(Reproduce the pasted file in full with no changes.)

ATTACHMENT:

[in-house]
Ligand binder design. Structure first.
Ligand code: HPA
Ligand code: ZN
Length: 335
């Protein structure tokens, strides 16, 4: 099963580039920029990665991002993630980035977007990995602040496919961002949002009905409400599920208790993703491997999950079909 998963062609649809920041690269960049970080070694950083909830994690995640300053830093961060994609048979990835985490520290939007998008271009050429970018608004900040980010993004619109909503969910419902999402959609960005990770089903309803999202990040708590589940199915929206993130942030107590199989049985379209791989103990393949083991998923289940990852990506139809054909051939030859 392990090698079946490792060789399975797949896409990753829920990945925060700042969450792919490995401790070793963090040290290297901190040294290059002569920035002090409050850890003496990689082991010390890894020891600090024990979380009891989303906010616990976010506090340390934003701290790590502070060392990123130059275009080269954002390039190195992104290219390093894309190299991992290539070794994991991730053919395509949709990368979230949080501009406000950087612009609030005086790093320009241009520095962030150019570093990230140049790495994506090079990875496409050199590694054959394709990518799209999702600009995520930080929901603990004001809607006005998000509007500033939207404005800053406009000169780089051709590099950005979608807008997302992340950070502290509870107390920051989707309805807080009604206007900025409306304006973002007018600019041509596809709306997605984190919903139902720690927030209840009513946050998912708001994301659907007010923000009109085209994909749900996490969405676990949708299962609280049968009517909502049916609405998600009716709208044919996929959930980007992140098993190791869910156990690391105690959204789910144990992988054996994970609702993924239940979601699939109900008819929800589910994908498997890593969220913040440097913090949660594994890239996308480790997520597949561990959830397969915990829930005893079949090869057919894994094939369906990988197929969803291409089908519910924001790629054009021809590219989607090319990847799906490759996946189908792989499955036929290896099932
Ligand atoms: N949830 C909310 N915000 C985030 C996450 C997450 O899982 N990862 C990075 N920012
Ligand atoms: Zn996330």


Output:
[in-house]
Ligand binder design. Structure first.
Ligand code: HPA
Ligand code: ZN
Length: 335
């Protein structure tokens, strides 16, 4: 099963580039920029990665991002993630980035977007990995602040496919961002949002009905409400599920208790993703491997999950079909 998963062609649809920041690269960049970080070694950083909830994690995640300053830093961060994609048979990835985490520290939007998008271009050429970018608004900040980010993004619109909503969910419902999402959609960005990770089903309803999202990040708590589940199915929206993130942030107590199989049985379209791989103990393949083991998923289940990852990506139809054909051939030859 392990090698079946490792060789399975797949896409990753829920990945925060700042969450792919490995401790070793963090040290290297901190040294290059002569920035002090409050850890003496990689082991010390890894020891600090024990979380009891989303906010616990976010506090340390934003701290790590502070060392990123130059275009080269954002390039190195992104290219390093894309190299991992290539070794994991991730053919395509949709990368979230949080501009406000950087612009609030005086790093320009241009520095962030150019570093990230140049790495994506090079990875496409050199590694054959394709990518799209999702600009995520930080929901603990004001809607006005998000509007500033939207404005800053406009000169780089051709590099950005979608807008997302992340950070502290509870107390920051989707309805807080009604206007900025409306304006973002007018600019041509596809709306997605984190919903139902720690927030209840009513946050998912708001994301659907007010923000009109085209994909749900996490969405676990949708299962609280049968009517909502049916609405998600009716709208044919996929959930980007992140098993190791869910156990690391105690959204789910144990992988054996994970609702993924239940979601699939109900008819929800589910994908498997890593969220913040440097913090949660594994890239996308480790997520597949561990959830397969915990829930005893079949090869057919894994094939369906990988197929969803291409089908519910924001790629054009021809590219989607090319990847799906490759996946189908792989499955036929290896099932
Ligand atoms: N949830 C909310 N915000 C985030 C996450 C997450 O899982 N990862 C990075 N920012
Ligand atoms: Zn996330």